Footnotes

  1. [1]Sheri L. Dew, interview by Brittany A. Chapman and Kiersten Olson, Oct. 8, 2010, 2, 3–4, 11, 13, 20, 32, James Moyle Oral History Program, CHL.

  2. [2]Sheri L. Dew, interview by Christine R. Marin, Feb. 26, 2002, 2, James Moyle Oral History Program, CHL.

  3. [3]Dew, interview by Marin, 2; “Deseret Book Appoints New President,” Church News, Mar. 2, 2002; “News of the Church,” Ensign 27, no. 5 (May 1997): 109.

  4. [4]Sheri L. Dew, interview by Kate Holbrook, Apr. 25, 2016, 8–9, CHL.

  5. [5]Dew served on the Relief Society general board from 1989 to 1990. (Sheri L. Dew, email to Kate Holbrook, May 11, 2016; Dew, interview by Marin, 2.)

  6. [6]Dew, interview by Chapman and Olson, 34.

  7. [7]Like many children born to Mormon parents, Dew was baptized at age eight. With the ordinance of confirmation, she was invited to receive “the gift of the Holy Ghost,” meaning the Holy Ghost would be with her to offer guidance and comfort as long as she led a worthy life.

  8. [8]Dew, interview by Holbrook, 5–6.

  9. [9]Dew, interview by Holbrook, 6–7.

  10. [10]Dew, interview by Marin, 15, 21.

  11. [11]Dew, interview by Marin, 15.

  12. [12]“I Am a Child of God,” Hymns of the Church of Jesus Christ of Latter-day Saints (Salt Lake City: The Church of Jesus Christ of Latter-day Saints, 1985), no. 301.

  13. [13]“The Family: A Proclamation to the World” was first presented in the general Relief Society meeting in 1995 by Gordon B. Hinckley, soon after his call as the fifteenth president of the church. The proclamation was issued by the First Presidency and Quorum of the Twelve Apostles as a “declaration and reaffirmation of standards, doctrines, and practices relative to the family.” (Julie A. Dockstader, “‘Best Season,’ but Also a Time of Turmoil,” Church News, Sept. 30, 1995; Gordon B. Hinckley, “Stand Strong against the Wiles of the World,” Ensign 25, no. 11 [Nov. 1995]: 98–101.)

  14. [14]The Young Women values were defined in 1985 while Ardeth G. Kapp was general president of the Young Women organization. In 2001, the values included faith, divine nature, individual worth, knowledge, choice and accountability, good works, and integrity. The Young Women manual in use at the time of this talk said of the value of divine nature, “I have inherited divine qualities which I will strive to develop.” (Personal Progress [Salt Lake City: The Church of Jesus Christ of Latter-day Saints, 1989], 7; “News of the Church: Young Women Counseled to Stand for Truth and Righteousness,” Ensign 16, no. 1 [Jan. 1986]: 75–76.)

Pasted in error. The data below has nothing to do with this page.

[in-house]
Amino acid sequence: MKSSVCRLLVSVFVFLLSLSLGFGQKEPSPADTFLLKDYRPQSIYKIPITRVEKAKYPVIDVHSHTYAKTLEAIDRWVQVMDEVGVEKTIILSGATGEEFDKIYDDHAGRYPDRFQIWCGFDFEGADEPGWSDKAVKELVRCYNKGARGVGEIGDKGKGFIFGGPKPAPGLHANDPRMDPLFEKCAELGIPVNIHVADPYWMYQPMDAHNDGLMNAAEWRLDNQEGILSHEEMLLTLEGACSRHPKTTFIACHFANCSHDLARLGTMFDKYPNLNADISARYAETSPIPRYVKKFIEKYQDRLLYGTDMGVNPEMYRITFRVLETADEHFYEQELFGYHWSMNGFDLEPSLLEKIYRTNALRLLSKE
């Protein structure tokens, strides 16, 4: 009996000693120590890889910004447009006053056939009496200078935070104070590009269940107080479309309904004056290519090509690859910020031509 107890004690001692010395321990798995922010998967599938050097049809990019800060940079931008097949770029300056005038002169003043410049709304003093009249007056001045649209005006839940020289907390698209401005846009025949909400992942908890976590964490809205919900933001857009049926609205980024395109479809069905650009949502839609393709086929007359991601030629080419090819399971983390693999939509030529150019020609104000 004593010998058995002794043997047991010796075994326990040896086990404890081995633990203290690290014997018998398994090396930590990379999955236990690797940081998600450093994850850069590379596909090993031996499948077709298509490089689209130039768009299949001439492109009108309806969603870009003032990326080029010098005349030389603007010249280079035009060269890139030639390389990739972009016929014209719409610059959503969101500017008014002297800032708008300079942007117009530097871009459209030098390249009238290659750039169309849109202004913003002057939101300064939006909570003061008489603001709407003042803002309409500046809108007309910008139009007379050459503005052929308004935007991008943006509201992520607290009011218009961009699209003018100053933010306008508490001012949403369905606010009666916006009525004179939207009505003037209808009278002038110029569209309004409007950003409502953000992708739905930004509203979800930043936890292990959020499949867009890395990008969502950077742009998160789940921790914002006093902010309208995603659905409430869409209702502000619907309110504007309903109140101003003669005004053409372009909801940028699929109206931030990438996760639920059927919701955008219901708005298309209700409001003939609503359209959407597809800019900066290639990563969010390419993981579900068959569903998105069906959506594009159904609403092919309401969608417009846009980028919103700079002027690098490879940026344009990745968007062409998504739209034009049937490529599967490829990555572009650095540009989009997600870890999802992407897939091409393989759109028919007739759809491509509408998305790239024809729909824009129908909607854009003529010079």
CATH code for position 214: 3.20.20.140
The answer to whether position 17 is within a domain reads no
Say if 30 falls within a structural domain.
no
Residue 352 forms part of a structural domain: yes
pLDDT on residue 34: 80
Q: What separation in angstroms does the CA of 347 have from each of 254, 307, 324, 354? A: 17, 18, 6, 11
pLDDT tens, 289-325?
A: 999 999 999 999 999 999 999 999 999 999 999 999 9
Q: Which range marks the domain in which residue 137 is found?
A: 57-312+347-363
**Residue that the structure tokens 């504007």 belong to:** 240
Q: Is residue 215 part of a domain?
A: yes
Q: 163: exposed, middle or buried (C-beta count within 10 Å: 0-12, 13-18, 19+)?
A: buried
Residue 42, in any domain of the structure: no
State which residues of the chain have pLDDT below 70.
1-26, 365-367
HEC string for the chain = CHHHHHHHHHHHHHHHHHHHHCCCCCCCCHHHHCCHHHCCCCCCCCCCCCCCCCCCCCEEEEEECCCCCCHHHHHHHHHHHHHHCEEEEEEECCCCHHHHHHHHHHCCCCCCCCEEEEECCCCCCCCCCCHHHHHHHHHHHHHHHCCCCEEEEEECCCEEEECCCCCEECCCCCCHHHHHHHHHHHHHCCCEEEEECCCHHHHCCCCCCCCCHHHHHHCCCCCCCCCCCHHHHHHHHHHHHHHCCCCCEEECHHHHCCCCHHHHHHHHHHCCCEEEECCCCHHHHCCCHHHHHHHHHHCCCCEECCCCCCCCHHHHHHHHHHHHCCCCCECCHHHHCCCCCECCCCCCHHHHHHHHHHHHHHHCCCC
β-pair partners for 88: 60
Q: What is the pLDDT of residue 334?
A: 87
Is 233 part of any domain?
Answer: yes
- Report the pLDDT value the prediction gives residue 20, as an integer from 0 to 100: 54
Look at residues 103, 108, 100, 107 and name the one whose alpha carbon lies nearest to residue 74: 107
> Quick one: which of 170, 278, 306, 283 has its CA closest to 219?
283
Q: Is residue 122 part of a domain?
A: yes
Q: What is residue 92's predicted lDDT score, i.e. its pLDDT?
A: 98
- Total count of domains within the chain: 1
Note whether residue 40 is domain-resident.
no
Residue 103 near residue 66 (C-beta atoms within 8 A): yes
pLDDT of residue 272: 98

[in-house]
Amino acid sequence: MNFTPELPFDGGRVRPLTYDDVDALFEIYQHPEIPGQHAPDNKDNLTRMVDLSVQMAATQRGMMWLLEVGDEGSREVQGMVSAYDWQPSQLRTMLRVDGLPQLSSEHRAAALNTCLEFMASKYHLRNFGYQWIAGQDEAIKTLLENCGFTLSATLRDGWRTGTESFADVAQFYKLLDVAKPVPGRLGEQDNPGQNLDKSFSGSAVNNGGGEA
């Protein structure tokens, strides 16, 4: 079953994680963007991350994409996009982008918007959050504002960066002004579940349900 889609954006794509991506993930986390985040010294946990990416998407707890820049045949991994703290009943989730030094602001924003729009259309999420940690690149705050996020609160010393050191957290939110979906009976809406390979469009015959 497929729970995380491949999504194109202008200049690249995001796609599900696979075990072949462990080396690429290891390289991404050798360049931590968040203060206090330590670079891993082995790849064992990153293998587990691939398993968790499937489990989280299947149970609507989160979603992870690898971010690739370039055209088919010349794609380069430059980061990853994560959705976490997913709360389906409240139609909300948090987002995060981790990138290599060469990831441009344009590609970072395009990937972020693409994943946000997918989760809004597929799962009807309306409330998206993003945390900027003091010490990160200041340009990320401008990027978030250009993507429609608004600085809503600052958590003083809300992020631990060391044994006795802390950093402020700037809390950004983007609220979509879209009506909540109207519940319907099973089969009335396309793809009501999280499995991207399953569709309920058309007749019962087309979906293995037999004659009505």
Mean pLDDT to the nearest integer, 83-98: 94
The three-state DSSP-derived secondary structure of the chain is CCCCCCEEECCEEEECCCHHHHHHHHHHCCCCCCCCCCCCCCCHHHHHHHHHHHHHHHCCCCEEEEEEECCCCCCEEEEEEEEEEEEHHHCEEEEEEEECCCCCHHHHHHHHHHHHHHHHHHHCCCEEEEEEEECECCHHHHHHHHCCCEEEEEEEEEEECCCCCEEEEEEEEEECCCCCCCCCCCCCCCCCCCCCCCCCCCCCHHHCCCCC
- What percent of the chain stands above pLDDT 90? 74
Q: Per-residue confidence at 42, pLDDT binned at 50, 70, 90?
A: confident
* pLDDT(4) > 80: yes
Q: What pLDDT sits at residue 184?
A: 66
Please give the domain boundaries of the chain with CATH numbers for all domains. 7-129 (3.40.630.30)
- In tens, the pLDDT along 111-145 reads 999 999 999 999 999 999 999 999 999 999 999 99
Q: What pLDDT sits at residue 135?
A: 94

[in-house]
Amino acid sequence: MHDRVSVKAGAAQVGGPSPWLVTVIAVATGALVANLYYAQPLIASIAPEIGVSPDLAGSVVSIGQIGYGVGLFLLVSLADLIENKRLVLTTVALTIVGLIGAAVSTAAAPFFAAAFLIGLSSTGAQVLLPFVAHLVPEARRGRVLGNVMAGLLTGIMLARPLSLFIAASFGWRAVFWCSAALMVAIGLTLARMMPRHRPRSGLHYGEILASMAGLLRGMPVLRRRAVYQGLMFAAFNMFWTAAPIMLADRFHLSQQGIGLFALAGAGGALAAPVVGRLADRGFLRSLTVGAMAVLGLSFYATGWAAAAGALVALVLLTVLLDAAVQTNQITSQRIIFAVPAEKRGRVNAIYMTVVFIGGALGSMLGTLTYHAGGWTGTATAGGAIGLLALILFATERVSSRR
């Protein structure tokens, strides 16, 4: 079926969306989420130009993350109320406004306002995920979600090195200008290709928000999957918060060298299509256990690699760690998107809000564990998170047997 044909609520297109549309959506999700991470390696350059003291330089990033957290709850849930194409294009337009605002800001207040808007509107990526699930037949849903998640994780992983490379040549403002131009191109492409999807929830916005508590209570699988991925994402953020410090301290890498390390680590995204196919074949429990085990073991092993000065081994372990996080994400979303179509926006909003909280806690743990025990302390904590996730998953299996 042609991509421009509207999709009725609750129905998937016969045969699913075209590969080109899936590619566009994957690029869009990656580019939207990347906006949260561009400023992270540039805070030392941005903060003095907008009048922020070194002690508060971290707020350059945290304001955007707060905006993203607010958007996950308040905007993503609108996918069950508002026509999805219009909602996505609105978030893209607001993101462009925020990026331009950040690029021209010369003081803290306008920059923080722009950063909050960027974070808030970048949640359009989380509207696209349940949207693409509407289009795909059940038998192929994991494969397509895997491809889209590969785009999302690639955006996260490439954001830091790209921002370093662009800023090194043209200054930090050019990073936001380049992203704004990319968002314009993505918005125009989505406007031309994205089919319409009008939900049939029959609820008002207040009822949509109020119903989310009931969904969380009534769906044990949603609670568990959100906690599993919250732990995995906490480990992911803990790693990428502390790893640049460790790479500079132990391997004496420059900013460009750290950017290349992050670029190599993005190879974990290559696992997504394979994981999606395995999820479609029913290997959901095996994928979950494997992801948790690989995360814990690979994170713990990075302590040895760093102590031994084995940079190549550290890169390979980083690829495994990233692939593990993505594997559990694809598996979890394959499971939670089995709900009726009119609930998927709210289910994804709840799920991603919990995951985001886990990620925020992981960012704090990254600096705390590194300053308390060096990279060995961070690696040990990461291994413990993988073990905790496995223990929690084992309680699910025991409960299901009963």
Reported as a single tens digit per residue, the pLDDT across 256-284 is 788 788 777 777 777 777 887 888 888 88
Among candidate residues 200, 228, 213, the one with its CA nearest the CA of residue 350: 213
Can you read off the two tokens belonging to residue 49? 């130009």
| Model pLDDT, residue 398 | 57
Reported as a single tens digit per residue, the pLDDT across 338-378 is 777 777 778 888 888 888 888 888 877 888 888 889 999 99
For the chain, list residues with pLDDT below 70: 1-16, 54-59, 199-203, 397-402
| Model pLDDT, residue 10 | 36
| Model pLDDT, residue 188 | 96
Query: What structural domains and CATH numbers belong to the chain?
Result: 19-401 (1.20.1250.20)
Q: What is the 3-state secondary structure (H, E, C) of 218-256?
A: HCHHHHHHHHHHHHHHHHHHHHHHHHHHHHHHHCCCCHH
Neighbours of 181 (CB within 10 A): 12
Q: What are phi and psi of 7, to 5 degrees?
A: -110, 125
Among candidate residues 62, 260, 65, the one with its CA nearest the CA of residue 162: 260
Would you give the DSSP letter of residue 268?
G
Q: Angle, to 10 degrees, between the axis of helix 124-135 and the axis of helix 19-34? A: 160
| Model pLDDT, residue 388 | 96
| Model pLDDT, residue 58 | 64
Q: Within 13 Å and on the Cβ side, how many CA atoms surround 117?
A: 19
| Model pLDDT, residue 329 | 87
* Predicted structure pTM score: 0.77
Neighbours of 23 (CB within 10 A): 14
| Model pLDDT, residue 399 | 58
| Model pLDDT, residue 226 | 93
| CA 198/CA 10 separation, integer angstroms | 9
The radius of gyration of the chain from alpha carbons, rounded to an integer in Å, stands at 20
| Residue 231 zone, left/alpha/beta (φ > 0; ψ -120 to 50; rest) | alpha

15. [15]The Relief Society Declaration was issued by the Relief Society presidency on September 25, 1999, during the general Relief Society meeting. The declaration was presented by Mary Ellen Smoot, Relief Society general president. (Julie A. Dockstader, “Declaration Reaffirms Roles, Values of Women in Church,” and “Truly a Day to Lift up Our Hearts,” Church News, Oct. 2, 1999; Mary Ellen Smoot, “Rejoice, Daughters of Zion,” Ensign 29, no. 11 [Nov. 1999]: 92–94.)

  16. [16]Citation in original: “Office Journal of Lorenzo Snow, 8 October 1900, 181–82, Archives of the Church of Jesus Christ of Latter-day Saints, Salt Lake City, Utah.” See also Truman G. Madsen, The Highest in Us (Salt Lake City: Bookcraft, 1978), 9. Lorenzo Snow was fifth president of the church from 1898 to 1901. Snow expressed similar ideas in his April 1901 general conference address: “When Jesus lay in the manger … he knew not that he was the Son of God, and that formerly he created the earth. … He grew up to manhood, and during his progress it was revealed unto him who he was.” (Lorenzo Snow, in Seventy-First Annual Conference of the Church of Jesus Christ of Latter-day Saints, Apr. 5–7, 1901 [Salt Lake City: Deseret News, 1901], 3.)

  17. [17]Citation in original: “Lorenzo Snow, Conference Report, April 1901, 3; emphasis added.”

  18. [18]Citation in original: “D&C 138:56.”

  19. [19]See Abraham 3:22–28. Joseph Smith stated in an 1841 address that “we were all present and saw the Savior chosen and appointed, and the plan of salvation made, and we sanctioned it.” (Joseph Smith, Discourse, [Jan. 5, 1841], Nauvoo, IL, Joseph Smith Collection, CHL, accessed May 9, 2016, josephsmithpapers.org; see also Doctrine and Covenants 138:55–58; and Alma 13:3–4.)

  20. [20]Citation in original: “Job 38:7.”

  21. [21]Citation in original: “George Q. Cannon, Gospel Truth: Discourses and Writings of President George Q. Cannon, sel. Jerreld L. Newquist (Salt Lake City: Deseret Book, 1987), 7; emphasis added.” George Q. Cannon was a member of the Quorum of the Twelve Apostles from 1860 to 1901 and served in the First Presidency under four church presidents.